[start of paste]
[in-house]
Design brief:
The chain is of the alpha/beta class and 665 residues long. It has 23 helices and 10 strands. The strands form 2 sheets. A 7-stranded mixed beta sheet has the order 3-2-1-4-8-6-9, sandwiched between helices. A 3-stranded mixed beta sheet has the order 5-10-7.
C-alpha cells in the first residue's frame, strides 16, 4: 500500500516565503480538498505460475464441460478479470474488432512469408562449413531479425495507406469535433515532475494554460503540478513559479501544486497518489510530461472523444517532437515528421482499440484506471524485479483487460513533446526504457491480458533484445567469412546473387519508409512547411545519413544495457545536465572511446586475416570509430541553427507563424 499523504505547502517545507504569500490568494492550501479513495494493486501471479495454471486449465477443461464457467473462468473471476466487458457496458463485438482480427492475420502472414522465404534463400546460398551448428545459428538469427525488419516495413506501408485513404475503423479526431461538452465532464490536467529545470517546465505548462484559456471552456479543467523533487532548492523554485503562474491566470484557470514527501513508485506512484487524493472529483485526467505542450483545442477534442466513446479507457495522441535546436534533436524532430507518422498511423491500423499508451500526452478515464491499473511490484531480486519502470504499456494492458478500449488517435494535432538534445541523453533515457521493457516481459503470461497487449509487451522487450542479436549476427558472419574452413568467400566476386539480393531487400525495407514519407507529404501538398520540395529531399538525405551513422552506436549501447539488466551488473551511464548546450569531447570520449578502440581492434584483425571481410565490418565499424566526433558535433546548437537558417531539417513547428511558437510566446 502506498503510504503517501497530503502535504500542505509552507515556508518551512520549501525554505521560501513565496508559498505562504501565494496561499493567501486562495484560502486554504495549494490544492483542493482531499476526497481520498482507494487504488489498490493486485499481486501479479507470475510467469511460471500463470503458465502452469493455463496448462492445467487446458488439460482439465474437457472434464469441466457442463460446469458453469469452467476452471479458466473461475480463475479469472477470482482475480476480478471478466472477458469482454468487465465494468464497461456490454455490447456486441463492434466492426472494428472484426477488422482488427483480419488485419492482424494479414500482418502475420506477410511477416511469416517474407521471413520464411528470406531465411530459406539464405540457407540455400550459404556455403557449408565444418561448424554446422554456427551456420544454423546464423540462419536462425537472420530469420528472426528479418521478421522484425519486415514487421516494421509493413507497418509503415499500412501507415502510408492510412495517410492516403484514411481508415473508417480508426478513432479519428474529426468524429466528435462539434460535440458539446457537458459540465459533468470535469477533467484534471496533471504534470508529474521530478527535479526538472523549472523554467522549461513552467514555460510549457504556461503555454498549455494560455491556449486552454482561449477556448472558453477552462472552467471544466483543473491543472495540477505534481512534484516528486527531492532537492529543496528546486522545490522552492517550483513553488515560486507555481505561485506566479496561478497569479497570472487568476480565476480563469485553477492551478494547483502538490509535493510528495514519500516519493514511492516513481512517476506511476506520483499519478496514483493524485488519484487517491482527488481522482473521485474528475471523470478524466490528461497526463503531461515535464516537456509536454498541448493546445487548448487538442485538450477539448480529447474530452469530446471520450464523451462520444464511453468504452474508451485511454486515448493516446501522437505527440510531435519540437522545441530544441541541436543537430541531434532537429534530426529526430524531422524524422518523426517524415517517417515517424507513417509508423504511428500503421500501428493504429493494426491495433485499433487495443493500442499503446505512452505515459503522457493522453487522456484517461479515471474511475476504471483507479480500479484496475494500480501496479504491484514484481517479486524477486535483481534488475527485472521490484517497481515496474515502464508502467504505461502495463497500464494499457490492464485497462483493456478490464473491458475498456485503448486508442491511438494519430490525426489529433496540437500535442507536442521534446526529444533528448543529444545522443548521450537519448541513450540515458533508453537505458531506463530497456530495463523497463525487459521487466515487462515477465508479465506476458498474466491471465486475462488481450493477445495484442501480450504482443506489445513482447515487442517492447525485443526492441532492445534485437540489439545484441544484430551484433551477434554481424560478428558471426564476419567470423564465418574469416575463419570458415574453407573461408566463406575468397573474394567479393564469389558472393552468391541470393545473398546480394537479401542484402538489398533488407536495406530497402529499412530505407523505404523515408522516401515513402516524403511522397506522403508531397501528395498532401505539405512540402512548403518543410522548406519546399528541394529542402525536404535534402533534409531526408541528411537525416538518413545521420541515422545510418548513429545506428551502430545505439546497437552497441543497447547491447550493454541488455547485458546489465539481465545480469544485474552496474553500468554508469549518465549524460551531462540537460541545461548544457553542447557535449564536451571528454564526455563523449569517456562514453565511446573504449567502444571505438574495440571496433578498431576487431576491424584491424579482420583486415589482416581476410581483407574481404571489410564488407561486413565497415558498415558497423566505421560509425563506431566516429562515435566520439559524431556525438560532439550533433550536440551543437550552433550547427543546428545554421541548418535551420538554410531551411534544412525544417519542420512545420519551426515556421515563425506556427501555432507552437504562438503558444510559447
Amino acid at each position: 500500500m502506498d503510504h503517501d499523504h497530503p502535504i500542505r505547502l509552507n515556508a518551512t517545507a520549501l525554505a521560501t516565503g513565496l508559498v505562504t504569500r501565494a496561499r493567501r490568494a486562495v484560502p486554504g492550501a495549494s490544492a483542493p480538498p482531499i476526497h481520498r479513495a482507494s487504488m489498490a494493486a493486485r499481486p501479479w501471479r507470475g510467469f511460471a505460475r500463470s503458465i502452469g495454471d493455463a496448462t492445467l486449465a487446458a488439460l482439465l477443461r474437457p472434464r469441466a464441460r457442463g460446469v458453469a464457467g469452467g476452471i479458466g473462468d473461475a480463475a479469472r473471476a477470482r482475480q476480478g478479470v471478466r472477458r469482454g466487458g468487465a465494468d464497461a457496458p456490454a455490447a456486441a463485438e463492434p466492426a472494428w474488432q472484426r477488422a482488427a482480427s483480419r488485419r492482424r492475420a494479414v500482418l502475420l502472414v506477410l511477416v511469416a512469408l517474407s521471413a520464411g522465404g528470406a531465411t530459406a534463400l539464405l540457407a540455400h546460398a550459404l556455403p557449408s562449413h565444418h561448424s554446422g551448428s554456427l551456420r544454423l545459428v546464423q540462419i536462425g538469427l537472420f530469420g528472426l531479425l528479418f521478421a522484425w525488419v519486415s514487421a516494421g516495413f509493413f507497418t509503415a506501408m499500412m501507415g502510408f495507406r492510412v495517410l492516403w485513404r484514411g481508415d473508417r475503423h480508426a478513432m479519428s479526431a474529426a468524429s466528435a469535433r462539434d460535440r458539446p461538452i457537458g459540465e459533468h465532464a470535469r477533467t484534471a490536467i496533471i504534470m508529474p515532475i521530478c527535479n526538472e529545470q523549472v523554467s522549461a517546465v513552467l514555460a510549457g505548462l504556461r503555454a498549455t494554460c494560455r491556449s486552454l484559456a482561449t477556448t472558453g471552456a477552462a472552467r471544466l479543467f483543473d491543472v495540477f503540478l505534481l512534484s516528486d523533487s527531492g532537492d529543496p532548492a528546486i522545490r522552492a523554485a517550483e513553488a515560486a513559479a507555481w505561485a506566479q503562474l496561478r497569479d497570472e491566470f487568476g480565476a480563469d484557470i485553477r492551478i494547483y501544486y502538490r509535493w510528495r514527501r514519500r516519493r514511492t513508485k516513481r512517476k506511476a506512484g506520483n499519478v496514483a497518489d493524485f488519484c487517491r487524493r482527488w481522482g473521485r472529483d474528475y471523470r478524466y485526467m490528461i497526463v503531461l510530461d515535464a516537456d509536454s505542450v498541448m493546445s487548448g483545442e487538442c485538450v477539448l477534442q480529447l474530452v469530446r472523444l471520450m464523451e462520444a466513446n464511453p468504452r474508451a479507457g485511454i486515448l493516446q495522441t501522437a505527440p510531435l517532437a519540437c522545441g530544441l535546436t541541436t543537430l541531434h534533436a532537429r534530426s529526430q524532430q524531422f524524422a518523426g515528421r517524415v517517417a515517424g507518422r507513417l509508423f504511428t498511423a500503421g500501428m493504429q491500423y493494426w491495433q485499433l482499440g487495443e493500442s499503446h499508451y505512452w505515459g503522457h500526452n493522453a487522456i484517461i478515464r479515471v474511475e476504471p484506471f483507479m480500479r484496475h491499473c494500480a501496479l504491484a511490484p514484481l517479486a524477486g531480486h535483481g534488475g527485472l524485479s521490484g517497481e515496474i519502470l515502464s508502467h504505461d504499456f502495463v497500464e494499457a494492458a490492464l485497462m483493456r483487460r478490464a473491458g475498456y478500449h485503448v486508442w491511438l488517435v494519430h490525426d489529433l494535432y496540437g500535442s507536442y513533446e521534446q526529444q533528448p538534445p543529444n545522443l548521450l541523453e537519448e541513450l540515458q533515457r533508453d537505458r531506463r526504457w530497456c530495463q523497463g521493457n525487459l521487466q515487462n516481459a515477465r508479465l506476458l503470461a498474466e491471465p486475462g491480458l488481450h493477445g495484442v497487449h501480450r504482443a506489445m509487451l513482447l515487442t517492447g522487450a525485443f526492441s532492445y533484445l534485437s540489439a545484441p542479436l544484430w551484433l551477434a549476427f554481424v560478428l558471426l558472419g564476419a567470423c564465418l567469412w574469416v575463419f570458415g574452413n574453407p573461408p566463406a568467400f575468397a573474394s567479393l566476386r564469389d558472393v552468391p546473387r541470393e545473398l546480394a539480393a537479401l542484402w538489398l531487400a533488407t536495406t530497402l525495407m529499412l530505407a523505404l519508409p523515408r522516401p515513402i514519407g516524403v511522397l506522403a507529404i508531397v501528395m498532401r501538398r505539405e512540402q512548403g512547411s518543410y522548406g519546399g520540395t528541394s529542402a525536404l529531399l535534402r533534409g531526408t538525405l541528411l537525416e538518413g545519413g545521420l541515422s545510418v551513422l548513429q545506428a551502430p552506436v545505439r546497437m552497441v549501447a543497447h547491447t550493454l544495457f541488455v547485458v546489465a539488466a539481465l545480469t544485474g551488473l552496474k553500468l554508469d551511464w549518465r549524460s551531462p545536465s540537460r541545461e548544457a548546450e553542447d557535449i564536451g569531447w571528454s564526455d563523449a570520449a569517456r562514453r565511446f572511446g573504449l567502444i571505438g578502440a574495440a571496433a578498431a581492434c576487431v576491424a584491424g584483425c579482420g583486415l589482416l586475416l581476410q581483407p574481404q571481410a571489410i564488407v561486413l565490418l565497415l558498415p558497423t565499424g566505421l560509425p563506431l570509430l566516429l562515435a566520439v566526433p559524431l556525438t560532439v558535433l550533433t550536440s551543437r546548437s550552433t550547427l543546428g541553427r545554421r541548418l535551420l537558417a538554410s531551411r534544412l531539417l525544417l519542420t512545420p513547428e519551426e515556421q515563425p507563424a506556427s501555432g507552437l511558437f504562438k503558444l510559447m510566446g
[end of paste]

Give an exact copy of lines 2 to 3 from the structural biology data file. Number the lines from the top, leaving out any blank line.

Design brief:
The chain is of the alpha/beta class and 665 residues long. It has 23 helices and 10 strands. The strands form 2 sheets. A 7-stranded mixed beta sheet has the order 3-2-1-4-8-6-9, sandwiched between helices. A 3-stranded mixed beta sheet has the order 5-10-7.